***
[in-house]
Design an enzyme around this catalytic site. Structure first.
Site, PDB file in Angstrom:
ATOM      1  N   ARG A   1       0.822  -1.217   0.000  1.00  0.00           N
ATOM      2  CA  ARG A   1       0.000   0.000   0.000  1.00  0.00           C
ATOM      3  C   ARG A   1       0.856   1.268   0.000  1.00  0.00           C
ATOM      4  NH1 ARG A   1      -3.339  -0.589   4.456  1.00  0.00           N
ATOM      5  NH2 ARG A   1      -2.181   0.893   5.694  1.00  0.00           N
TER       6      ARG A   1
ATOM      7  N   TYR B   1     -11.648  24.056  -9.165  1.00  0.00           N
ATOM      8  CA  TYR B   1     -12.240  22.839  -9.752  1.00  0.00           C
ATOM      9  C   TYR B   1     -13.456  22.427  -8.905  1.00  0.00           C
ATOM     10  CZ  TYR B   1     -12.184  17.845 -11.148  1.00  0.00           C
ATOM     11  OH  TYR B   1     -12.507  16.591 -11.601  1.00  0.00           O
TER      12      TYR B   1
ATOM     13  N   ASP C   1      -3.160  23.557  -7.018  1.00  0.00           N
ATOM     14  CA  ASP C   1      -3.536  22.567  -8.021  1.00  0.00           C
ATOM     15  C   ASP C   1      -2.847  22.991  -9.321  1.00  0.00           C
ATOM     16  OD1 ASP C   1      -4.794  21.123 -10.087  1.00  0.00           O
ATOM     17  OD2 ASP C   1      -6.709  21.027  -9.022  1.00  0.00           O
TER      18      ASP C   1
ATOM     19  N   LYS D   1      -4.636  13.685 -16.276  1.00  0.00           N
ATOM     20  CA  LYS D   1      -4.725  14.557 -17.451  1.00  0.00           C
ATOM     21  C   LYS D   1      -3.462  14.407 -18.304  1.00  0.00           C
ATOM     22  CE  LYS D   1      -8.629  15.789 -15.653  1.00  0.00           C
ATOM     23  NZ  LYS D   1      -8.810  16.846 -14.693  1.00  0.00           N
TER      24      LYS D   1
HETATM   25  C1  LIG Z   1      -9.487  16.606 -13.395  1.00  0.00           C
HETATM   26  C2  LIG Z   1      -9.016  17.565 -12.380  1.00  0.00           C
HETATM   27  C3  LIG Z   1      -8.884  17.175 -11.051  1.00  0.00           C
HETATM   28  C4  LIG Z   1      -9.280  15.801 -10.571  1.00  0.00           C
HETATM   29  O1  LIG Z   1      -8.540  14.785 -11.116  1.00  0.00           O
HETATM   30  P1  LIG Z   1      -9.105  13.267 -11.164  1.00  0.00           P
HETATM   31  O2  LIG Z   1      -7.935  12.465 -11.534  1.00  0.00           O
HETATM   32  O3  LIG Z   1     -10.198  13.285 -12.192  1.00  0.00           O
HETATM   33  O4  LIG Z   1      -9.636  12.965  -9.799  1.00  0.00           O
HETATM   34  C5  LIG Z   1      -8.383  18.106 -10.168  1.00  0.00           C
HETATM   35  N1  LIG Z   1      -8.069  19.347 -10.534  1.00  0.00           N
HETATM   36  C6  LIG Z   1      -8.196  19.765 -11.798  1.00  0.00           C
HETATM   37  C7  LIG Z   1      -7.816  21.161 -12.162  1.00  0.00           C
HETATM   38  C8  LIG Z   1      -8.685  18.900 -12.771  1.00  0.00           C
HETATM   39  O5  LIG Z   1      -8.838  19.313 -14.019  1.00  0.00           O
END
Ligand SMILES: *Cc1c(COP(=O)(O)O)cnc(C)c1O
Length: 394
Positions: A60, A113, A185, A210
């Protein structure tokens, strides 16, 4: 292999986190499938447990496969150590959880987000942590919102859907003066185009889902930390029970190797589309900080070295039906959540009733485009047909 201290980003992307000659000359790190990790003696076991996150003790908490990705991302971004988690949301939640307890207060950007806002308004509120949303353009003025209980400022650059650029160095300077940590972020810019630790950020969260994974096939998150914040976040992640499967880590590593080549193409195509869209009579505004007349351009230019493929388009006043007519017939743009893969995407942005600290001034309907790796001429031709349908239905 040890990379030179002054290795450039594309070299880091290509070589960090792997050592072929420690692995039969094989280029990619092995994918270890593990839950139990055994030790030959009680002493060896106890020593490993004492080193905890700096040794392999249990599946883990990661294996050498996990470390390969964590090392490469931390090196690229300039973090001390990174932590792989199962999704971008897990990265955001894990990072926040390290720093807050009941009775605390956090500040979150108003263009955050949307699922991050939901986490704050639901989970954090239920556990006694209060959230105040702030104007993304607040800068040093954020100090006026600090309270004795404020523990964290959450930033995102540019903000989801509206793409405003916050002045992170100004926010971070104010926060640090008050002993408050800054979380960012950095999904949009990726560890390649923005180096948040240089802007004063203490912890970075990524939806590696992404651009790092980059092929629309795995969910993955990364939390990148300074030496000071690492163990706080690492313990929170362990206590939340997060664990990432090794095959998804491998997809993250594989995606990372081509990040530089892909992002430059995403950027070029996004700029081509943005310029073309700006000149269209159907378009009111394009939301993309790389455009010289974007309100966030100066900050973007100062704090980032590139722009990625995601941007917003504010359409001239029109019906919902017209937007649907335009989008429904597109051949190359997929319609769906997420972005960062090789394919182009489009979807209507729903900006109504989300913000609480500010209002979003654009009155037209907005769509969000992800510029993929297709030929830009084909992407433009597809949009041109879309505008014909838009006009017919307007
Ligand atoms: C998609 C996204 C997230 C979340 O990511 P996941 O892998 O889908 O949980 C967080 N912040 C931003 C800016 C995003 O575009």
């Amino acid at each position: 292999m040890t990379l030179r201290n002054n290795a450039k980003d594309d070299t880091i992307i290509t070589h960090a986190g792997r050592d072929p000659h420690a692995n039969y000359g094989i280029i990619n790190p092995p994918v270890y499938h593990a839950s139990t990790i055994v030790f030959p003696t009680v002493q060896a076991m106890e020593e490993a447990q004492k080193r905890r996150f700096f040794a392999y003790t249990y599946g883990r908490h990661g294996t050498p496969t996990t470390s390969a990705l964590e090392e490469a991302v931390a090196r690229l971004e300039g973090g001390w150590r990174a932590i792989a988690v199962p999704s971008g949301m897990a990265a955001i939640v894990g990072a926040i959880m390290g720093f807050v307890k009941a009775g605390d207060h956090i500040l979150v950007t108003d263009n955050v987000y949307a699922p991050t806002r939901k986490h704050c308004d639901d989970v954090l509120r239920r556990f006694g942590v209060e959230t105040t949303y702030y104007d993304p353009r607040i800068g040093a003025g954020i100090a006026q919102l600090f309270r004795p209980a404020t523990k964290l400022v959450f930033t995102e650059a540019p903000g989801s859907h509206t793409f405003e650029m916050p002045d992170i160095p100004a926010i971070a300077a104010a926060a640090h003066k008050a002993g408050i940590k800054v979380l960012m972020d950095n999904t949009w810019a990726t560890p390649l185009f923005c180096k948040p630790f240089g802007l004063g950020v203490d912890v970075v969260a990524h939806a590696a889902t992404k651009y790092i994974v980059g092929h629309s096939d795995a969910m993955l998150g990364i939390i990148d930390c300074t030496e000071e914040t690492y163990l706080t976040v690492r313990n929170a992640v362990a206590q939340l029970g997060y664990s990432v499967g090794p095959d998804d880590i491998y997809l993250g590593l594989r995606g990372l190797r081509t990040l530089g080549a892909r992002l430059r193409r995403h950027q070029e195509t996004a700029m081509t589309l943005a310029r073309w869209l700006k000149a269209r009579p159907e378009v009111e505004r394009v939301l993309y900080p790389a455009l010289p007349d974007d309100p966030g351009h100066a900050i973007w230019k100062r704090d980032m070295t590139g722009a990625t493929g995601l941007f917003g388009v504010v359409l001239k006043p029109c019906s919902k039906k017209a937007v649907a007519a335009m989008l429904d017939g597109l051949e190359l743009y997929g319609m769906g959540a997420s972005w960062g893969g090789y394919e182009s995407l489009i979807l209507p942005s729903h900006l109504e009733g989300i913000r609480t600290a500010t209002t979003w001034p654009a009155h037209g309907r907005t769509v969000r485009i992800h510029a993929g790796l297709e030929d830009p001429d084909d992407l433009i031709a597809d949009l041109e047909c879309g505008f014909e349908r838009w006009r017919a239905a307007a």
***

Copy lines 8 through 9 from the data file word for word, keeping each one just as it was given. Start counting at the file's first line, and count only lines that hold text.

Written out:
ATOM      5  NH2 ARG A   1      -2.181   0.893   5.694  1.00  0.00           N
TER       6      ARG A   1